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Carmelo’s ‘Hero Syndrome’ Slows Knicks in Game 1, Torches C’s in Game 2

Carmelo Anthony scored 42 points, carrying New York to the brink of victory in Game 2, before the Celtics stole yet another game (Courtesy

Can I get a mulligan?

Seriously. My Wednesday night was a roller-coaster, I left work and immediately found out my first piece was being published here at SoB. On Facebook and Twitter, reaction was overwhelmingly positive. I felt like the Internet gave me one big congratulatory handshake and pat on the back. Then Melo happened. Suddenly, I felt like Joey Porter and the 2001 Pittsburgh Steelers, who announced they had booked hotel rooms in New Orleans for Super Bowl 36 prior to the AFC Championship game against the New England Patriots. The Steelers would go on to lose that game, and now I know the depths of embarrassment they felt while cancelling their trip to Bourbon Street.

I looked on, in horror, as Carmelo Anthony shredded the Celtics defense, scoring 42 points, in a performance Marv Albert deemed comparable to Knicks’ legend Bernard King and his playoff outbursts in the 1980’s. By the way, that comparison was made with 10 minutes left in the game. Dear God.

It wasn’t a cheap 42 points either. Melo was efficient, shooting nearly 50% from the field (14-30). To make matters worse, Anthony found every other way imaginable to contribute to the New York cause, grabbing 17 rebounds and dishing out 6 assists. The complete game. Dare I say, a peformance worthy of being called a ‘hero’?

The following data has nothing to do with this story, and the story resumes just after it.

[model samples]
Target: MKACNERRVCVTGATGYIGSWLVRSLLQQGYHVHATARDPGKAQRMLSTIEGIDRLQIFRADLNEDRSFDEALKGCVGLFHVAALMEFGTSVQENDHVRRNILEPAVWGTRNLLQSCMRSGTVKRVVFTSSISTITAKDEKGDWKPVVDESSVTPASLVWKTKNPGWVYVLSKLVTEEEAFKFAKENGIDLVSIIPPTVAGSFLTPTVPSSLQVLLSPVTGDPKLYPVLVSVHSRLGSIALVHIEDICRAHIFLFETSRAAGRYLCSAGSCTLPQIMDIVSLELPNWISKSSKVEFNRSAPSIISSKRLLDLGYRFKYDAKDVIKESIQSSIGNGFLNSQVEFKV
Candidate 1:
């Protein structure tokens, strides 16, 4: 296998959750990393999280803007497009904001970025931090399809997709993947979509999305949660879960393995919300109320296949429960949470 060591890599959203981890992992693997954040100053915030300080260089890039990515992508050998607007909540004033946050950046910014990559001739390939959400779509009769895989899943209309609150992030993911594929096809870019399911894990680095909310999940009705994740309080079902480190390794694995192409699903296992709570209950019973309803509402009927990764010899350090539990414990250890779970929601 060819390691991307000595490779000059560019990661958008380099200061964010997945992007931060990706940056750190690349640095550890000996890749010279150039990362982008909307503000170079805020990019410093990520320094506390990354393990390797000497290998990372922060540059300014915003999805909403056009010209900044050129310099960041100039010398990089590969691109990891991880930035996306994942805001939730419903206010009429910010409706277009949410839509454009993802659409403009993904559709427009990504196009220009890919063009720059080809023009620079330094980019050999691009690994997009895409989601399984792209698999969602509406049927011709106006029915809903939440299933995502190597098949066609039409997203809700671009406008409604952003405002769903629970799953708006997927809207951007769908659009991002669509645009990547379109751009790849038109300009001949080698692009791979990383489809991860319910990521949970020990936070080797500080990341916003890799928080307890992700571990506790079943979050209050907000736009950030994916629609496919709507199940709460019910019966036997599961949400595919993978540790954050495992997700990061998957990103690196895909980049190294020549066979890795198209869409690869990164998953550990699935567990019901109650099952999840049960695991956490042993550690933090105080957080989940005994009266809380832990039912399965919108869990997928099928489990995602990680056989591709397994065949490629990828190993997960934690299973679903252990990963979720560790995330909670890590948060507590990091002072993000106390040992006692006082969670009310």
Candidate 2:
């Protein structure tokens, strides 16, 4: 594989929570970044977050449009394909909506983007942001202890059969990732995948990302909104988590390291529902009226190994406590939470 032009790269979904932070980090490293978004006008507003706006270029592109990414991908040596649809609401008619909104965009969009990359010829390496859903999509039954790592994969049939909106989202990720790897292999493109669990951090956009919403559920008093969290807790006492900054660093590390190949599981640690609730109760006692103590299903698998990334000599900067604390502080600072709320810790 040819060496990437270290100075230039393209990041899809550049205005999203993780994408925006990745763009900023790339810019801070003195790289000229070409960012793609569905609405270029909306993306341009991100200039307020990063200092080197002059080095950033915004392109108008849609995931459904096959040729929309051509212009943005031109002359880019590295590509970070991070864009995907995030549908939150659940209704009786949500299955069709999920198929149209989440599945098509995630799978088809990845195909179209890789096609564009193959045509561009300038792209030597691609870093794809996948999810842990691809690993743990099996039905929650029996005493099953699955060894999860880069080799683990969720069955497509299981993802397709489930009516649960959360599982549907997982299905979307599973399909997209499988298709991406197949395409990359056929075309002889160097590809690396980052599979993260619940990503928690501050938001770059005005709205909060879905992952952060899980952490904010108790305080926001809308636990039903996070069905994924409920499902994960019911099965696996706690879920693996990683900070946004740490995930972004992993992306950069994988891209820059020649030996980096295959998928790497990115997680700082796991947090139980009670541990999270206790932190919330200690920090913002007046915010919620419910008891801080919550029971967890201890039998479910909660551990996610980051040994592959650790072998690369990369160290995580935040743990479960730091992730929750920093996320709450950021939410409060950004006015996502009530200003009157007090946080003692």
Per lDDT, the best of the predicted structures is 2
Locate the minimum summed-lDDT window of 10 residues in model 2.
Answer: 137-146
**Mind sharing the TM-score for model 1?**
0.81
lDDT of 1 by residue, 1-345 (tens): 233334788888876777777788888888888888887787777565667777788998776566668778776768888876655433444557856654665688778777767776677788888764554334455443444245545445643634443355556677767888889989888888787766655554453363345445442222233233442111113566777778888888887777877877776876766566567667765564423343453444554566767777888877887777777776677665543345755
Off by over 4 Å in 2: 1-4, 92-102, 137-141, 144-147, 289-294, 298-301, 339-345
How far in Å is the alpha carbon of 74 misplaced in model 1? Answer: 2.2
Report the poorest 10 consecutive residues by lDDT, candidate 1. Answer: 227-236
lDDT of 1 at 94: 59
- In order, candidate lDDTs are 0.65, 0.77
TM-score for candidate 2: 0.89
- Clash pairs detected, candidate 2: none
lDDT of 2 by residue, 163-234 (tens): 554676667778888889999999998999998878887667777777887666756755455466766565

Yes. Yes. Yes.

But – and there is a but – even with all those pretty numbers being laid across the kitchen table, Carmelo’s late game heroics mistakes in Game 1 were still vital to the Knicks winning this series. Put the numbers from Game 1 and Game 2 against each other. Melo went to the line 11 times in his virtuoso performance in Game 2; however, he only visited the charity stripe 4 times in the previous contest. The drastic difference could be explained by the early foul trouble Anthony had in Game 1, although he was able to overcome that issue and score 12 points in the second quarter and only carried 2 fouls into the third quarter.  Clearly, he could have engaged himself more in the second half. Additionally, Melo only had 4 rebounds in Game 1, which is less than a quarter of the total he amassed in Game 2.

This performance will be remembered, exaggerated to the point of being a hyperbole, and sketched into the anals of NBA history as an analogous of Lebron’s 48 special. And that’s probably fair, after all, James and Anthony both were playing with what seemed like a bunch of dudes at your weekly YMCA open court pick up game, rather then NBA players. This aspect was epitomized whenever Jared Jeffries (10 points, game ending turnover), Bill Walker (0-11 from the field), or any other Knick were asked to do….anything. The Knicks, sans Anthony as well as Chauncey Billups and Amar’e Stoudemire who were both relegated to the bench because of injury, reminded me of Jason Biggs’ foray into the bedroom with Shannon Elizabeth in American Pie – awkward and, ultimately, disappointing.

I guess, sometimes you have to own the infection known as ‘hero syndrome.’ I still maintain Anthony should have deferred to Stoudemire in Game 1. The truth is there is good ‘hero syndrome’ (Melo’s Game 2 performance; Lebron James during his entire Cleveland stay) and there is bad ‘hero syndrome’ (anytime Reggie Bush touches the ball for the Saints; Melo’s Game 1 decision-making); just like there are accurate observations a writer can make (Knicks being effective with Toney Douglas running the show) and there are fallacies a writer can make (my entire debut column for Sports of Boston).

Thoughts? Comments? Insults? Follow me on Twitter.

About Ryan Hadfield

Ryan Hadfield is the author of the weekly Sports Media Musings column at Sports Of Boston. Hadfield is known as one of the top sports media critics in Boston. He also contributes to Boston Sports Media Watch. In November 2011, Hadfield helped launch the new SoB Point Taken blog featuring his podcasts & musings on sports, media and culture. Follow Ryan on Twitter.

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